Re: I can see how would work
Not a bad idea, pretty much naked short selling bitcoins. Promise sales (of something you don't actually have yet) at one price, trigger a market panic, buy cheap and deliver. This would be illegal in a regular stock market, but due to the lack of regulation of bitcoins, you could get away with it. Once.
One born every minute
There's at least some plausible basis for fancy audio cables for analog connections, where noise or interference can affect the output. (Whether or not that effect is noticeable or not is beside the point.) Once things are digitized, though, all the ridiculously expensive materials become irrelevant; as long as it still resolves to the same sequence of 1s and 0s, it doesn't matter how much noise there is in the signal.
re Golden Dropping
Nice to see an eloquent counter to the "if you've got nothing to hide, you've got nothing to fear" argument. When it's been brought up, many people dismiss it out of hand, but few have been able to explain why it's a bad argument.
Particularly the parts where they say it would work equally well with Google Voice on Android, or with VoIP phones.
There might be a use for upward directory traversal for specifying files to delete (e.g., "rm ../*.c"), though it would probably be safer to navigate upward first, then call rm. The -r option definitely shouldn't attempt to process . or ..; on the Mac/BSD implementation, it throws an error to even try "rm -r ..", but it will accept "rm -r ../*".
Re: I HATE comcast
You mean BFHs. BOFHs are actually competent at what they do.
Solution: give them what they ask for
...which isn't necessarily what they want.
Someone takes a work-issued laptop home? That changes the number of licenses on site; notify Microsoft. They bring it back? Notify them again. A device turns off? Arguably, that changes the number of licenses, so notify Microsoft again; same when it turns on. Shouldn't take too long before Microsoft decides to clarify what they mean by "any changes".
There are 8,760 hours in a typical year, give or take a few. By some fairly basic calculations, the Azure uptimes should be 99.5098% and 99.8757%. I don't know how CloudHarmony came up with their numbers, but I wonder if Microsoft 'encouraged' them to use some alternative voodoo calculations so they can claim "99.9% uptime", when any service that is down for more than 8.76 hours clearly fails to meet that standard.
Worse than useless
This will result in more neurotic parents freaking out over every slight variation in the kid's vital signs, because they don't have the medical knowledge necessary to understand what it means and what is or is not cause for concern. I wonder if some hospital executive is behind this, trying to see how many more urgent care visits they can get and bill for.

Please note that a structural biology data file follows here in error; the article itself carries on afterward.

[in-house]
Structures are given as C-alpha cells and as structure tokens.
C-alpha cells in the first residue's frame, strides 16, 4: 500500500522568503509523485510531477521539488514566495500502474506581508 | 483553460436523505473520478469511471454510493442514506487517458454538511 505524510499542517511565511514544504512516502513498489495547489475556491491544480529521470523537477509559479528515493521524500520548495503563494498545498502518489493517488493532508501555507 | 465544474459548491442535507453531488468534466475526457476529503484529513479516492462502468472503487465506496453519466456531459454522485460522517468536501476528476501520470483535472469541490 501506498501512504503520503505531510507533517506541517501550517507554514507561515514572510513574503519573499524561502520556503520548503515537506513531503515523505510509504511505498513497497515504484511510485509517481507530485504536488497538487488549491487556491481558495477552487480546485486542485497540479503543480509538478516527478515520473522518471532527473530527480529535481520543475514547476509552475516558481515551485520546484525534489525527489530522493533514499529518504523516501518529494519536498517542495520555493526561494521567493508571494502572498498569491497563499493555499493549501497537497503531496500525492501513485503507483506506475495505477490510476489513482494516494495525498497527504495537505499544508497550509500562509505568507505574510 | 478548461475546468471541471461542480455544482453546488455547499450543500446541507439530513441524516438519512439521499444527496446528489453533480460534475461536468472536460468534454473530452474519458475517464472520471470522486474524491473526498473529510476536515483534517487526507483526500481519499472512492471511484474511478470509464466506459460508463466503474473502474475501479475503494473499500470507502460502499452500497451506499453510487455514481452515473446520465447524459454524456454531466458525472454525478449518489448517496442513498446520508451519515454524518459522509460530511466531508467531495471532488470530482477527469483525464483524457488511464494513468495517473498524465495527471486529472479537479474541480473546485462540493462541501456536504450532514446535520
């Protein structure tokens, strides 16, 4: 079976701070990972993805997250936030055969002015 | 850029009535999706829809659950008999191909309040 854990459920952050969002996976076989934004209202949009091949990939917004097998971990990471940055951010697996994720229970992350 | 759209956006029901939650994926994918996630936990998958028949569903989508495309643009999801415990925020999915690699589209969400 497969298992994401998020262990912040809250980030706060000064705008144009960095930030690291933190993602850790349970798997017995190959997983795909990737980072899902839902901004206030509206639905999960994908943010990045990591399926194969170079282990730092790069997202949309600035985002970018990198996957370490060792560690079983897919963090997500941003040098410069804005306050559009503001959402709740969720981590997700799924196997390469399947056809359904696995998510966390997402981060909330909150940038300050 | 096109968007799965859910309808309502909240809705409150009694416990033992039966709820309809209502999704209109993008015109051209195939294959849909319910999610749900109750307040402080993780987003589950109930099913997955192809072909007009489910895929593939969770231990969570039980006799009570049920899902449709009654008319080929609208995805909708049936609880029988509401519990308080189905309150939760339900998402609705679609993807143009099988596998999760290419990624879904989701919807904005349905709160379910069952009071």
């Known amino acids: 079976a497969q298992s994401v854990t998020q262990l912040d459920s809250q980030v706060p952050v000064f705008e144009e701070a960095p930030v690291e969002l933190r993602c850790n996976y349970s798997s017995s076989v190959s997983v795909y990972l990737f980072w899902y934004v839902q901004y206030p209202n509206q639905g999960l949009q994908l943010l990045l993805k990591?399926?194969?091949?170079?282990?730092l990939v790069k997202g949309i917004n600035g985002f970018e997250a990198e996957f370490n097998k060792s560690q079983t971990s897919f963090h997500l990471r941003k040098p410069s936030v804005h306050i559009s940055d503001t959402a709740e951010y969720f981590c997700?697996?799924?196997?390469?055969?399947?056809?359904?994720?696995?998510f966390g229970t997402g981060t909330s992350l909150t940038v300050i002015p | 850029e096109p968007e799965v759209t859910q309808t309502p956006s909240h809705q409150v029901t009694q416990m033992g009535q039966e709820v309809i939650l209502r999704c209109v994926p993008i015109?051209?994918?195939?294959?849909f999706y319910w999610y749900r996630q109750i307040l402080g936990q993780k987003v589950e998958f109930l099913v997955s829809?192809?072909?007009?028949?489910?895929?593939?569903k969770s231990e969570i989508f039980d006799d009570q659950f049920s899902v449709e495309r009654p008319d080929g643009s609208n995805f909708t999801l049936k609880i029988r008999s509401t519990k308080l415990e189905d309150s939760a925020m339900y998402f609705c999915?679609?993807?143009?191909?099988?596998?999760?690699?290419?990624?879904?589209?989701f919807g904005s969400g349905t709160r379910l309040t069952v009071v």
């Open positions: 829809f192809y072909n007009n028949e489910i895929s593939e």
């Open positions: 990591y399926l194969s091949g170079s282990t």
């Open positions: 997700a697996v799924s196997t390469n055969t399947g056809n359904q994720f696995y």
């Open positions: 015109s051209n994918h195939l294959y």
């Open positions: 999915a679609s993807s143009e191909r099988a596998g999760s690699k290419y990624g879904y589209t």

Sure; the Shellshock bug was introduced back in 1989. Once it was reported, though, there was a patch available in 12 days, from someone who maintains Bash for free as a side project. Microsoft pays thousands of people to work on Windows as their full-time job, so not being able to respond to vulnerability reports in a timely manner is embarrassing, to say the least.
Re: Seems to me
The only way security-minded people would accept a version of Skype as 'compromise-free' is if it's completely open-source, and can be reliably compiled to be byte-for-byte identical to any distributed binaries. If we can't inspect the code and prove that there are no backdoors or weak, home-rolled crypto systems, it will still be considered compromised, no matter what anyone at Microsoft says.
If every node delays every packet by a random amount in the same range, all this will do is slow down the network. With enough packets to analyze, the randomness averages out and isn't a significant obstacle. A better approach might be to add delays depending on the speed of the individual connections between nodes; the idea is that all traffic takes the same amount of time to transit through a node, no matter where it came from or where it's going.
Some airlines (such as SouthWest, IIRC) don't assign specific seats in advance, and flight overbooking is routine, so seat conflicts aren't necessarily a problem. You'd still have to deal with getting an ID to match, though.